2.1. Gradient Boosted Machine Learning
The concept to be learned in this investigation is this: At any point within a football game, what is the likelihood that a turnover will be observed on the next play from scrimmage?
The specific objective is to learn an unknown function
F that maps explanatory variables
$\mathbf{x}=\{{x}_{1},\dots ,{x}_{d}\}$ to the response
y, or
$F:\mathbf{x}\to y$, where
x represents the game situation, and
$y\in \{0,1\}$ is the binary decision (no turnover, turnover). A collection of training examples
$T=\{({\mathbf{x}}_{i},{y}_{i}),\text{}i=1,\dots N\}$ is used to estimate an approximation to
F, or
$\widehat{F}\left(\mathbf{x}\right)=y$, by an adaptive learning algorithm known as the “gradient boosting machine” [
7,
8].
Gradient boosting machines (GBMs) are learning algorithms that reconstruct a decision function
$\widehat{F}$ based on the consensus of an ensemble of classification or regression trees. New decision tree models are sequentially added to the ensemble, in order to increase the estimation accuracy of the response variable. The numerical optimization minimizes an expected loss
$\widehat{F}\left(\mathbf{x}\right)={\text{argmin}}_{F}{E}_{y,\mathbf{x}}L(y,F\left(\mathbf{x}\right))$ of a group of trees, conditioned over the entire training data set [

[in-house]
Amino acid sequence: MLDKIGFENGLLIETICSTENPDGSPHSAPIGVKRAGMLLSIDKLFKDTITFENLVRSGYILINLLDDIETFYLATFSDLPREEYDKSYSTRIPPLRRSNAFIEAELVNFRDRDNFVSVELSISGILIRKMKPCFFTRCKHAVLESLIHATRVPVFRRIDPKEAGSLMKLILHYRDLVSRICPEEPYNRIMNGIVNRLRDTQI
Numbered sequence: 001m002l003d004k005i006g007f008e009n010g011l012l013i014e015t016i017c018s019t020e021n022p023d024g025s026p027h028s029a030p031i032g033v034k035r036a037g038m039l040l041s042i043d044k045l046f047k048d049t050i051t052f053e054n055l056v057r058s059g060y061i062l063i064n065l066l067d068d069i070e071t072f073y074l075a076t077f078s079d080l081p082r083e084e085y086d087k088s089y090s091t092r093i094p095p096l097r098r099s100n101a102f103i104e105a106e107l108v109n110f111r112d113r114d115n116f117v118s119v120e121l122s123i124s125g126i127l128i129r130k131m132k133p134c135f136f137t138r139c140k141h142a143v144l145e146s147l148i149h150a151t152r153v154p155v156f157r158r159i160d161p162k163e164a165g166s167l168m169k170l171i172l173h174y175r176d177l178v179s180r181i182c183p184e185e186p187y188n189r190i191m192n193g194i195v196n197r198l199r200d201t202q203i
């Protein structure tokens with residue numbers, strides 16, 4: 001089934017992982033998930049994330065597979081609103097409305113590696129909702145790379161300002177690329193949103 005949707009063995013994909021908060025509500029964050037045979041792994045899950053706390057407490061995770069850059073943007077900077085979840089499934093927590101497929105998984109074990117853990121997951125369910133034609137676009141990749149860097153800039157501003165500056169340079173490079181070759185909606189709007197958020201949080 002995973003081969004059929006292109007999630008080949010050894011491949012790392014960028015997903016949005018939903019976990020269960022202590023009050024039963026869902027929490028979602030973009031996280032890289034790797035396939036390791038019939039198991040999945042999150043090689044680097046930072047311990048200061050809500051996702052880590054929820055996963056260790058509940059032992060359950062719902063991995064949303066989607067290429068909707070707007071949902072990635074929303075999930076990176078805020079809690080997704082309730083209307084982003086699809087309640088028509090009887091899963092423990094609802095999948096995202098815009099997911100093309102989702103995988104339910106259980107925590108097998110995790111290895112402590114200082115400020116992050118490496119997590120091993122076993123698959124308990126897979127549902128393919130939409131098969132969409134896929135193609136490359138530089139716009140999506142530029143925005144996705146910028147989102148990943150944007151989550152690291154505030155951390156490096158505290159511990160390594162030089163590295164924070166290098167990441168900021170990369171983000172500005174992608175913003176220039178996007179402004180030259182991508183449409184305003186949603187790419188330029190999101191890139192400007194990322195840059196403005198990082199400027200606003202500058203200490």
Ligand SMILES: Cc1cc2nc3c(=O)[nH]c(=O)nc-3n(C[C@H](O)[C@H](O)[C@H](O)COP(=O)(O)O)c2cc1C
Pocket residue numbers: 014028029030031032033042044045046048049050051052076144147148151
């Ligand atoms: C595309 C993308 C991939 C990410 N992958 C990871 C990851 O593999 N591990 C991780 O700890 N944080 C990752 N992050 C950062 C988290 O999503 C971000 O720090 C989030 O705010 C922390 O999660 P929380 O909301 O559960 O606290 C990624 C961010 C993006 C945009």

7]. The loss function can be selected according to a given learning concept and joint probability distribution
$f(\mathbf{x},y)$ under study. Here, we use a Bernoulli distribution loss function, convert the classification to a continuous value via logistic regression and estimate the turnover probability
$\widehat{p}\left({\mathbf{x}}_{i}\right)=p({y}_{i}=1|{\mathbf{x}}_{i})$,
$\widehat{p}\in [0,1]$ .
A useful property of GBMs in applications is interpretability through calculation of the relative influence of explanatory variables in constructing a consensus decision. The influence of each input variable
${x}_{j}$ in a given tree is based on the frequency of its selection for splitting in non-terminal nodes, and its contribution to successful model classification over the data sample. This influence is averaged over the ensemble of trees to estimate the variable’s overall importance to the decision function
$\widehat{F}$ [
7]. In the current investigation, this interpretation may provide insight into the game conditions under which turnovers might be expected to occur.
Gradient boosting machine models were developed and evaluated in
R, using the ”gbm” package [
9,
10].
2.2. Sample, Segmentation and Features
The population under study consists of NFL season, game, player and play-level data for complete seasons 2009 through 2015, covering all 32 teams. Game data were downloaded from the site
www.nfl.com using utilities provided by ”nflscrapR” [
11]. These data were preprocessed by (1) sampling by season and team; (2) filtering by play type, to include only plays from scrimmage (run, pass or sack); (3) annotating by status of turnovers (true, false) observed on each play; (4) constructing feature vectors using attributes of the play-by-play and game contextual data.